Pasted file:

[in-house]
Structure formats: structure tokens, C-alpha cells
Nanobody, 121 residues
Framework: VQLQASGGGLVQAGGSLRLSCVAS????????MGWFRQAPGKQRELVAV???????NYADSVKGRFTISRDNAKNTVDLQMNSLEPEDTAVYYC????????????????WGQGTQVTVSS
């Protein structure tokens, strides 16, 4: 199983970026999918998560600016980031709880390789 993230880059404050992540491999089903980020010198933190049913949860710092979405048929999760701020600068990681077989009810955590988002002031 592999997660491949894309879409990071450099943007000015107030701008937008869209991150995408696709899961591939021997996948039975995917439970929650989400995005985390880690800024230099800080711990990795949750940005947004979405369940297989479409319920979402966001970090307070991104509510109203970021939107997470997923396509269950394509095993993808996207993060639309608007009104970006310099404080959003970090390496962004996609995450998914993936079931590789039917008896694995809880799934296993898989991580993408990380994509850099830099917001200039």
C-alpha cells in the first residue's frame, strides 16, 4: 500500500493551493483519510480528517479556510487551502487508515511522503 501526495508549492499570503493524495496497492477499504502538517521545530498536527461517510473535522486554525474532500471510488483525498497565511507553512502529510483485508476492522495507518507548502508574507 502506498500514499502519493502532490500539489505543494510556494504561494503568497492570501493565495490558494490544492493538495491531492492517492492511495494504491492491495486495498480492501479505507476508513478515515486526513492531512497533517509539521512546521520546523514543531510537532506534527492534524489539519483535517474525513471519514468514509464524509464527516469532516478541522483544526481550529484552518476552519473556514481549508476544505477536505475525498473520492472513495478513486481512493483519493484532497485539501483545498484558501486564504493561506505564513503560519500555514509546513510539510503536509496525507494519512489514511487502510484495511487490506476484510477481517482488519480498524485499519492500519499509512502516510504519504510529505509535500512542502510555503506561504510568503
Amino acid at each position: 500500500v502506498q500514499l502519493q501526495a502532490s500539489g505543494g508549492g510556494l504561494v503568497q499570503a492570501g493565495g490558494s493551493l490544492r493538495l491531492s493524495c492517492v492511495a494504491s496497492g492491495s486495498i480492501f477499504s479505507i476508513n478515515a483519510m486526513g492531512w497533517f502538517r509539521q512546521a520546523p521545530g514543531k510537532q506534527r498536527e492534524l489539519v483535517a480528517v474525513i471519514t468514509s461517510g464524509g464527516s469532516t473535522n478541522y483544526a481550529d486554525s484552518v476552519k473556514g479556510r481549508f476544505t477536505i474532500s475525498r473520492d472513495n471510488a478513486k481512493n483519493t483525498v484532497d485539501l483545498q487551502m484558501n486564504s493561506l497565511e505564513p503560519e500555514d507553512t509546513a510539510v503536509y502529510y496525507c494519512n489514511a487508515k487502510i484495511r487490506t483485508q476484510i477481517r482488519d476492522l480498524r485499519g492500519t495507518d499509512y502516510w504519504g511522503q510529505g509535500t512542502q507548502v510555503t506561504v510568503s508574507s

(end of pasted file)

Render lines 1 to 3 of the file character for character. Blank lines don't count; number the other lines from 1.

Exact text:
[in-house]
Structure formats: structure tokens, C-alpha cells
Nanobody, 121 residues